The 2030 Agenda for Sustainable Development recognizes that sustainable development requires strong governance institutions. In Sustainable Development Goal 16, it states that the institutions of governance themselves need to be effective, accountable and transparent, and that decision-making needs to be responsive, inclusive, participatory and representative. The 2030 Agenda is a powerful call to action that will help to strengthen governance and democracy around the world.
There can be no accountability without parliaments. It is an inescapable fact that the constitution of most countries of the world give parliaments a clear mandate to hold government accountable on behalf of the people. Many constitutions give parliaments formal powers to sanction or dismiss the executive, or individual members of it. Additionally, constitutional and other legal frameworks open myriad avenues for parliamentary oversight of government activity, by questioning ministers, scrutinizing government departments, scrutinizing expenditures and challenging government to explain its actions.
This places parliaments at the apex of a complex network of institutions of accountability. Parliamentary oversight activities bring vast quantities of information into the public domain and provides benefits to the whole of society by making government more effective, accountable and transparent.
Yet, parliaments are political institutions. Their members are politicians, not experts. They think and act politically. Accordingly, all oversight and accountability activities in parliament will be influenced by political considerations. This does not devalue them. On the contrary, it places them squarely in reality — dealing with the world as it is, not an idealized expectation that accountability can be a neat and orderly process.
Parliamentary oversight is a manifestation of power; an indication of a parliament’s ability to constrain the executive by requiring it to provide timely and complete information. In practice, parliamentary oversight is often subsumed by the struggle between political parties. It is frequently observed that oversight is most actively carried out by opposition members, because they have the most to gain politically by drawing attention to the government’s failings. Where oversight is construed as a constructive activity, rather than being purely obstructive of government, it makes a greater contribution to the necessary checks and balances between parliament and the executive.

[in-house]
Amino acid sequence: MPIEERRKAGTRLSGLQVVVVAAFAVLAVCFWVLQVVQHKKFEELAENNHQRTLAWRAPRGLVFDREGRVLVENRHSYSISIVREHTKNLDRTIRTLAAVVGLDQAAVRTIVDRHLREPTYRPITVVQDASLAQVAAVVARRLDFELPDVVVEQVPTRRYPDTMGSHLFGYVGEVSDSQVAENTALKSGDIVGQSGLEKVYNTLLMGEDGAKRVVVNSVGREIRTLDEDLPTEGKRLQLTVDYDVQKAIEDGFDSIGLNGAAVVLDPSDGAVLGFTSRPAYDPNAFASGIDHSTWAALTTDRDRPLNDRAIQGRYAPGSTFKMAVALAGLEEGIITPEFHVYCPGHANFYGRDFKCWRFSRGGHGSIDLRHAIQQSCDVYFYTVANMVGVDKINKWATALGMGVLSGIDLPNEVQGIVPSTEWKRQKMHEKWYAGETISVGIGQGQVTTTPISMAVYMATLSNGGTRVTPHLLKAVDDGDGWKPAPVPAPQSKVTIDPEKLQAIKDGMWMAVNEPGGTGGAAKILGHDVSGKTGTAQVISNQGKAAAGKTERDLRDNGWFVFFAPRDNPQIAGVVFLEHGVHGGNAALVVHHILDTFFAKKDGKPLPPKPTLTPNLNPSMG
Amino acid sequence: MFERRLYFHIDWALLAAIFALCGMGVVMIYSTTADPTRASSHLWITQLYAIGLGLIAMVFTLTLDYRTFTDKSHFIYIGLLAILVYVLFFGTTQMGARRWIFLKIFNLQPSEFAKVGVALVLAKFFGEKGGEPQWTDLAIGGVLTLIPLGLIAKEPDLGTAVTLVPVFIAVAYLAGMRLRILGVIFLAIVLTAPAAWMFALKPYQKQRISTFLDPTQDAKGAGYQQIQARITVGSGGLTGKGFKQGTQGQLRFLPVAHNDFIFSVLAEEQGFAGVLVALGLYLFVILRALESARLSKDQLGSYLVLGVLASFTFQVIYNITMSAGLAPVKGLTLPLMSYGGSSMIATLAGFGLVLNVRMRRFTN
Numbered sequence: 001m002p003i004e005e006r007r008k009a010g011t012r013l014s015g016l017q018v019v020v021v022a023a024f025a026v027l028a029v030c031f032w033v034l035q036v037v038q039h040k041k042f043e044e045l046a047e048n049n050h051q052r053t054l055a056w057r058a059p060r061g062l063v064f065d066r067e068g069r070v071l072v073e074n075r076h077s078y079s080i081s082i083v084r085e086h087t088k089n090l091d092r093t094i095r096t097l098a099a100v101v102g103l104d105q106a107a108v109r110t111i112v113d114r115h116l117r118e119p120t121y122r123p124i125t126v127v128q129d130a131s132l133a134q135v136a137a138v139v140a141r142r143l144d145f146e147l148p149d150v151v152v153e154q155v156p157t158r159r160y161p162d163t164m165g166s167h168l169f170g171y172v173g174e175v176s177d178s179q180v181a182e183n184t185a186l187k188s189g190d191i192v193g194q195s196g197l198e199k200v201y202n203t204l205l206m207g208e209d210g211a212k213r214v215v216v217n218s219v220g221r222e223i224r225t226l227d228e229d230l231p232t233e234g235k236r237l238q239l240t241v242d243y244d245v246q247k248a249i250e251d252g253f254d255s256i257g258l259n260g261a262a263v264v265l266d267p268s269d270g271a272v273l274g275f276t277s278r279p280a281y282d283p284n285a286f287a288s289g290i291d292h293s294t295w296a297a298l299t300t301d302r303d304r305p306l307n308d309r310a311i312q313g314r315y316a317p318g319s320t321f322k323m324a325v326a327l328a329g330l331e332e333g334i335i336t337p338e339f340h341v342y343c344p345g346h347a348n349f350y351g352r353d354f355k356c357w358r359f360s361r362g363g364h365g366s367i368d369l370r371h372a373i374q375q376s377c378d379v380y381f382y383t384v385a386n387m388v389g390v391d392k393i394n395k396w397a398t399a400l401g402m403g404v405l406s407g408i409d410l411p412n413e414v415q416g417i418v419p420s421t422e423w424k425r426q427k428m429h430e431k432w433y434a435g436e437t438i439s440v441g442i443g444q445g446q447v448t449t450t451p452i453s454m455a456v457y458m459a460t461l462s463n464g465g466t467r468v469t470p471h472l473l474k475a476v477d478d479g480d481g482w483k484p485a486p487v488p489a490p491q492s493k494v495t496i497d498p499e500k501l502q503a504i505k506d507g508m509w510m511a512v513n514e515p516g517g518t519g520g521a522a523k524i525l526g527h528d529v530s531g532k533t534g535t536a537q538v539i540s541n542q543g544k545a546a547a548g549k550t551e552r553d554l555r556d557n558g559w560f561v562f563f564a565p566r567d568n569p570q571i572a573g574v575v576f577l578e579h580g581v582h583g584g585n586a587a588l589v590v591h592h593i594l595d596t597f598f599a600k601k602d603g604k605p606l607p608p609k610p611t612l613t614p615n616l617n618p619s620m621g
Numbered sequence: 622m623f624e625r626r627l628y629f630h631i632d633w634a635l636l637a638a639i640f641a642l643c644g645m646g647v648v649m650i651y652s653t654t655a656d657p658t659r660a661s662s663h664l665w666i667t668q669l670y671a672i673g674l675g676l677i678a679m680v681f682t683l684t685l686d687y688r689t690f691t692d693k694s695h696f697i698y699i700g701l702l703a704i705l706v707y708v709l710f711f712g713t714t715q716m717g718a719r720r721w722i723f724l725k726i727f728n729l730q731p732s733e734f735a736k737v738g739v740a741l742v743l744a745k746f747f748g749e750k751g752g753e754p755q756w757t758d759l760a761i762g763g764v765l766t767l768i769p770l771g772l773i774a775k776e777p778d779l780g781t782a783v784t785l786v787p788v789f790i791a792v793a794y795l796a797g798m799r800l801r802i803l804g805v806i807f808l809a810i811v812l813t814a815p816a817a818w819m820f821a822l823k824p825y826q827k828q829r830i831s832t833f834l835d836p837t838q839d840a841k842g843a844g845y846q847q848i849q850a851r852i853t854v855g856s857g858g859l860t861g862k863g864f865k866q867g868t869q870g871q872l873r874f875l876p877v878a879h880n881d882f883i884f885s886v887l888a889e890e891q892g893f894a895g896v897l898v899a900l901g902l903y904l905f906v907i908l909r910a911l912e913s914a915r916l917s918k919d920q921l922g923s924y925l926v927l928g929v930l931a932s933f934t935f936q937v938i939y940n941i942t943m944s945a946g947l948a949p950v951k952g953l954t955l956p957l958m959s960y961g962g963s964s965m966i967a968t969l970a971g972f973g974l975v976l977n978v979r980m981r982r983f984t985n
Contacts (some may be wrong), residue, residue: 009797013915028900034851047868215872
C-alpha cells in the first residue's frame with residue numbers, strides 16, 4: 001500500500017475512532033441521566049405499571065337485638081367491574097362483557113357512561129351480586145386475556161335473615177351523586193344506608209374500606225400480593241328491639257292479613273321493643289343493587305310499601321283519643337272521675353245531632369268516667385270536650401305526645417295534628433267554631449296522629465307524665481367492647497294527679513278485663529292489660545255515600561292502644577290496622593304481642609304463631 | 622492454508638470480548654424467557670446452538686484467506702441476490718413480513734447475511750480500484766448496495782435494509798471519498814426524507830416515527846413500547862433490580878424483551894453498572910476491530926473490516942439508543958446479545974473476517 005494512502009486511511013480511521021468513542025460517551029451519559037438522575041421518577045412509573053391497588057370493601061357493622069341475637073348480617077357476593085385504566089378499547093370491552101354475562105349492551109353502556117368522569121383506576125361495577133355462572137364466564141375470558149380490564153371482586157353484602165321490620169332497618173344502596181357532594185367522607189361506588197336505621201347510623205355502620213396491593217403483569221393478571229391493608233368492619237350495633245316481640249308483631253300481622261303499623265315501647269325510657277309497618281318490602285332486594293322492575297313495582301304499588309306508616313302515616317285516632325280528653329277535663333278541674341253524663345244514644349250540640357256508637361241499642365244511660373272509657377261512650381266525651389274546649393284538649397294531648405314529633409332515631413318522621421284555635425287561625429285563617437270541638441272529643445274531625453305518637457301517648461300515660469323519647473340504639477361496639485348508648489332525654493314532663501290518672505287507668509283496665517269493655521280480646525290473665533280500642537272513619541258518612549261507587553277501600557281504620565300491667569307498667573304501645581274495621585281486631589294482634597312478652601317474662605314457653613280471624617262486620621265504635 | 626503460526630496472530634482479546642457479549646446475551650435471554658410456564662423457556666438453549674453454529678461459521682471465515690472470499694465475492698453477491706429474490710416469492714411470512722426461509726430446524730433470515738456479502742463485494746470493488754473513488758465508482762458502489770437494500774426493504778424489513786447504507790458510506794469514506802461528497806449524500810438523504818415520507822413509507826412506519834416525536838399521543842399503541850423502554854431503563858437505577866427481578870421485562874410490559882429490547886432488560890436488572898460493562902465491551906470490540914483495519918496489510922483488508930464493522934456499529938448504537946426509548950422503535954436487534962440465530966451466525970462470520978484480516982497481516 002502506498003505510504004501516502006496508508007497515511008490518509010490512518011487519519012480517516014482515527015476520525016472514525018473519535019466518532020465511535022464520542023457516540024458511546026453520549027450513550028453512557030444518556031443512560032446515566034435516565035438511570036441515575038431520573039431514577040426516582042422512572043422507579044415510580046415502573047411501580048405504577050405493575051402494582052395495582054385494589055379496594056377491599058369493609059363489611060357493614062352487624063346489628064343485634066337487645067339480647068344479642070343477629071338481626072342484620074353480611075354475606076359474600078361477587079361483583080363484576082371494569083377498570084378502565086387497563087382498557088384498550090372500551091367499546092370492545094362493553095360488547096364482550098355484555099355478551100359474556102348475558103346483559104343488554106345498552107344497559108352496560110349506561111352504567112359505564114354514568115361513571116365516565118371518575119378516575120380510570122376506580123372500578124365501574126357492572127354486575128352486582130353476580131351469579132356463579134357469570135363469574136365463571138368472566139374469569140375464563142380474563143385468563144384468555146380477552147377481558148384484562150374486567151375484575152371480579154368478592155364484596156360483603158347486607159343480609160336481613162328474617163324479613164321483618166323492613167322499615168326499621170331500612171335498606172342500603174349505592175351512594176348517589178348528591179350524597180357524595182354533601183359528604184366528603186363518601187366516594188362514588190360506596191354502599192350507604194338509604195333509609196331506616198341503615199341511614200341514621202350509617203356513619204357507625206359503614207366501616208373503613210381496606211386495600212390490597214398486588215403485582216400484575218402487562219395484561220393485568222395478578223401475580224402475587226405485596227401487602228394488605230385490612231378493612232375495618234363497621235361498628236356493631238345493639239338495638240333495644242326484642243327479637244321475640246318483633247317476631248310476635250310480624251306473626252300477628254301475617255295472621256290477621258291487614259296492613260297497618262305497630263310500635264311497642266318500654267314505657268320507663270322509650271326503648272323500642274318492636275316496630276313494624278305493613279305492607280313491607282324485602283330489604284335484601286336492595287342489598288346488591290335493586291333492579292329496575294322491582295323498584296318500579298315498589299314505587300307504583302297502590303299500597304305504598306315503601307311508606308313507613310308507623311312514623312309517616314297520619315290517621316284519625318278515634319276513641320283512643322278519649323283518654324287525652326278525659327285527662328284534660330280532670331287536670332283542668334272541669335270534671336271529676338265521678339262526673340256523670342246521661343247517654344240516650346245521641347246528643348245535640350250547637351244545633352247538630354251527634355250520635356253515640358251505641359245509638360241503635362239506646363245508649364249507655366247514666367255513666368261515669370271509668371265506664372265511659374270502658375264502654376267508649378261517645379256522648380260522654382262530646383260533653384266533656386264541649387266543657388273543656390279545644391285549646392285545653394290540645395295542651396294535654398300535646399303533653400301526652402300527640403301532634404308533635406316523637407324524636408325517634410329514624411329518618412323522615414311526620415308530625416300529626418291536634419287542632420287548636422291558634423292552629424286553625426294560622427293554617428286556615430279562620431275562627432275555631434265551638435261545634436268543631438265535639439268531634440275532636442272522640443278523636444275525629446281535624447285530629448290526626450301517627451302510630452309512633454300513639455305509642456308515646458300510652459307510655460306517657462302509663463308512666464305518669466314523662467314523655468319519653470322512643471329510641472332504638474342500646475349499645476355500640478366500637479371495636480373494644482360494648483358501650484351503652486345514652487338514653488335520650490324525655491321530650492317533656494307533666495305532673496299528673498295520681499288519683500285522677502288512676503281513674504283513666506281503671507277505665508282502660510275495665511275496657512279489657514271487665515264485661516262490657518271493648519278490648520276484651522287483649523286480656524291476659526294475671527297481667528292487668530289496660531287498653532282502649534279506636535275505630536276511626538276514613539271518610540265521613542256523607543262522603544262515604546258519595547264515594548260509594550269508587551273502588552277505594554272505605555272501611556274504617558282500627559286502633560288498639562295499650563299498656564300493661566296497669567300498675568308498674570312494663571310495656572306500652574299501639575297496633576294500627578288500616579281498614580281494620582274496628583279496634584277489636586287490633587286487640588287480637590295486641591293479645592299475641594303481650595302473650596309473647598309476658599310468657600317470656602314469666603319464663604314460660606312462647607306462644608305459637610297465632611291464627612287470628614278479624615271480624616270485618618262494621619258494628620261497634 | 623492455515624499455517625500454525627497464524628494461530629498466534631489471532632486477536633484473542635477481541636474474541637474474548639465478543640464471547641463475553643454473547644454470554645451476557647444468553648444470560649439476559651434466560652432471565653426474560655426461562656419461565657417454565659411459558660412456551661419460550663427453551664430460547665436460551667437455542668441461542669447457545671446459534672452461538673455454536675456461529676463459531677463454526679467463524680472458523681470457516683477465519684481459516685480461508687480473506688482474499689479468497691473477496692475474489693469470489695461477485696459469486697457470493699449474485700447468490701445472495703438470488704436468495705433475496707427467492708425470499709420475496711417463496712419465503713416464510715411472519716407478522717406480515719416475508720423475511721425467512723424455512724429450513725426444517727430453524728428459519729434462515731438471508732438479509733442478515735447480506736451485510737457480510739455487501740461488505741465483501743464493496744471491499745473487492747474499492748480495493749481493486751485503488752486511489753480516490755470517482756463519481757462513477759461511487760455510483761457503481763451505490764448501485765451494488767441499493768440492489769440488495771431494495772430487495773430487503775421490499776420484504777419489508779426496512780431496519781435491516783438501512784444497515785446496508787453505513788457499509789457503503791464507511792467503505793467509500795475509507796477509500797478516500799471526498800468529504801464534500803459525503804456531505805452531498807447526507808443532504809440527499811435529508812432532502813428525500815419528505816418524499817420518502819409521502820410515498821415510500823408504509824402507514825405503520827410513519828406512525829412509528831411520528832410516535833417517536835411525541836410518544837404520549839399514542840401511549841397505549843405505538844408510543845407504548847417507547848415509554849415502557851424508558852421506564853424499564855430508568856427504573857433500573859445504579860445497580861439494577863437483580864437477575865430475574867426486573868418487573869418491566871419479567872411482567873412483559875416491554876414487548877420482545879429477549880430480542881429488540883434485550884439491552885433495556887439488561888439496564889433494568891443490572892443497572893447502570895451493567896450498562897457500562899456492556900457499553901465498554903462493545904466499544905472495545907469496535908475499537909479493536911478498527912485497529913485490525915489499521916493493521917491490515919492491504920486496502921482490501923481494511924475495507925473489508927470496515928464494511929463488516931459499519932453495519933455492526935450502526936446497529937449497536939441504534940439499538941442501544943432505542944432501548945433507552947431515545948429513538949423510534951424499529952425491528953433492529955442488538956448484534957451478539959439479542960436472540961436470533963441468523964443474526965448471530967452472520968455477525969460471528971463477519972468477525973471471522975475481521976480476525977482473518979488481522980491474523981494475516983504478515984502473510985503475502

In a survey of parliamentarians by the Inter-Parliamentary Union and the United Nations Development Program for the second Global Parliamentary Report on “Parliament’s power to hold government to account,” an overwhelming majority considered that oversight is the responsibility of all parliamentarians. Even so, survey respondents from the opposition were noticeably less likely to consider that parliament has sufficient oversight powers and that government is responsive to parliamentary oversight than those from the governing party. There is more to be done to reinforce the message that all parliamentarians have an interest in ensuring that government policy delivers outcomes for their constituents, regardless of the political party to which they belong, and whether their party is in government or opposition.
The challenges to effective parliamentary oversight are therefore multiple.
First, to accompany the development of a culture of democracy and the necessary level of maturity in the political system, whereby all actors accept that government is more effective when it is held to account for its actions; and that it is right and proper for parliamentarians to question, challenge and, where necessary, sanction the government. At the same time, to change public perceptions about what parliamentarians are supposed to do, so that parliamentarians themselves are held accountable for their legislative and oversight work, and not only for their ability to deliver benefits for their constituents.